- Volume 15 Issue 18
Background: This study aimed to seek insights into Chinese women's lay beliefs about cervical cancer causal attributions and prevention. Materials and Methods: Twenty-three new immigrant adult women from Mainland China and thirty-five Hong Kong adult women underwent semi-structured in-depth interviews. Interviews were audio taped, transcribed and analyzed using a Grounded Theory approach. Results: This study generated three foci: causal beliefs about cervical cancer, perceived risk of cervical cancer, and beliefs about cervical cancer prevention. Personal risky practices, contaminated food and environment pollution were perceived as the primary causes of cervical cancer. New immigrant women more likely attributed cervical cancer to external factors. Most participants perceived cervical cancer as an important common fatal female cancer with increased risk/prevalence. Many participants, particularly new immigrant women participants, expressed helplessness about cervical cancer prevention due to lack of knowledge of prevention, it being perceived as beyond individual control. Many new immigrant participants had never undergone regular cervical screening while almost all Hong Kong participants had done so. Conclusions: Some Chinese women hold pessimistic beliefs about cervical cancer prevention with inadequate knowledge about risk factors. Future cervical cancer prevention programs should provide more information and include capacity building to increase Chinese women's knowledge and self-efficacy towards cervical cancer prevention.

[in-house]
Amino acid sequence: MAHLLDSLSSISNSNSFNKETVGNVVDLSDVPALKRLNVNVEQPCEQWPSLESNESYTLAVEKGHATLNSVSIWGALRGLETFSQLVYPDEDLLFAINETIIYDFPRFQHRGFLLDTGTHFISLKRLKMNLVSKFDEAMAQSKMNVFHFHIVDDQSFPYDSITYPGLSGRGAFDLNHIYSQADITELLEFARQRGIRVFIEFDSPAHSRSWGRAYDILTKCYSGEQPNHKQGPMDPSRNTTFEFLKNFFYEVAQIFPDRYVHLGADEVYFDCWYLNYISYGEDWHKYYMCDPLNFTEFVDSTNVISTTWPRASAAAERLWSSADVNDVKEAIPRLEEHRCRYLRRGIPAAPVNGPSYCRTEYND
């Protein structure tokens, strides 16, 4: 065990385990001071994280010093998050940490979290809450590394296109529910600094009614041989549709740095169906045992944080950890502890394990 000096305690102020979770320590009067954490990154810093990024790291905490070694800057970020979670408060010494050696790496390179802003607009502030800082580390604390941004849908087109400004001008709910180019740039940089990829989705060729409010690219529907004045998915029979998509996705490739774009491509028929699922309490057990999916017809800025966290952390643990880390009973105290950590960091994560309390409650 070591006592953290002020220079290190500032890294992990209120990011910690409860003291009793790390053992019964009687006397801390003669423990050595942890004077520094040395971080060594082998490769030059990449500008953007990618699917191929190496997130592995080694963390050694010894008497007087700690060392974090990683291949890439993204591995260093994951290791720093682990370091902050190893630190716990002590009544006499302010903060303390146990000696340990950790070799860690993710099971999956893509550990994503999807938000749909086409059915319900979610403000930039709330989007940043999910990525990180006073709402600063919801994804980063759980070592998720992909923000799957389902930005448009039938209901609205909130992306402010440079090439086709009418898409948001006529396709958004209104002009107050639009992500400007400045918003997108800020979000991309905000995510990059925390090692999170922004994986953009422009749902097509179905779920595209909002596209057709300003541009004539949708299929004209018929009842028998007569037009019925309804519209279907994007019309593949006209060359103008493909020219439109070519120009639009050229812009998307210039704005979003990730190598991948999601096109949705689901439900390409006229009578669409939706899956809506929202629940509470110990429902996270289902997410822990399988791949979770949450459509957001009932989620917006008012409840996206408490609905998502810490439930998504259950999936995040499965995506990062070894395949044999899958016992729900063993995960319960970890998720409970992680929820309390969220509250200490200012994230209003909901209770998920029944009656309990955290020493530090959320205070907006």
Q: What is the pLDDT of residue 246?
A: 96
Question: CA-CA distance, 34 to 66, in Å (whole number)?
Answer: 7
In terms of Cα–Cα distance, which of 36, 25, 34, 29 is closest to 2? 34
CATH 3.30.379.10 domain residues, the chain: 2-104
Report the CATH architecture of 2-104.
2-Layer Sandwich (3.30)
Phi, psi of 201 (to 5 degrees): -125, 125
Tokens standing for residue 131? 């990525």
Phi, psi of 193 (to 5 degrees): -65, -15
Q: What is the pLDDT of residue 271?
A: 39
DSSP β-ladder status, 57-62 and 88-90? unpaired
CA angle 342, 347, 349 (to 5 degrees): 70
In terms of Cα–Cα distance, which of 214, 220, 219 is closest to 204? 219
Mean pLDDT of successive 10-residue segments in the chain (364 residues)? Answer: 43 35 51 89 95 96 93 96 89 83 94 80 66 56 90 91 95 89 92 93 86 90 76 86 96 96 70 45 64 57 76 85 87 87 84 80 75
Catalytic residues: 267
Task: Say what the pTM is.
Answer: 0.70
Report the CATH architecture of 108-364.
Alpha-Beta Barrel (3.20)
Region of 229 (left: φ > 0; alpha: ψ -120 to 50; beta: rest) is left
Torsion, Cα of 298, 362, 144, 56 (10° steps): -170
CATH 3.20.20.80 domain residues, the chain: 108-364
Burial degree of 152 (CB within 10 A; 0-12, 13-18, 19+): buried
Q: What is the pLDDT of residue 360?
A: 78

Cervical cancer;Chinese;immigrants;health perception;qualitative analysis;grounded theory
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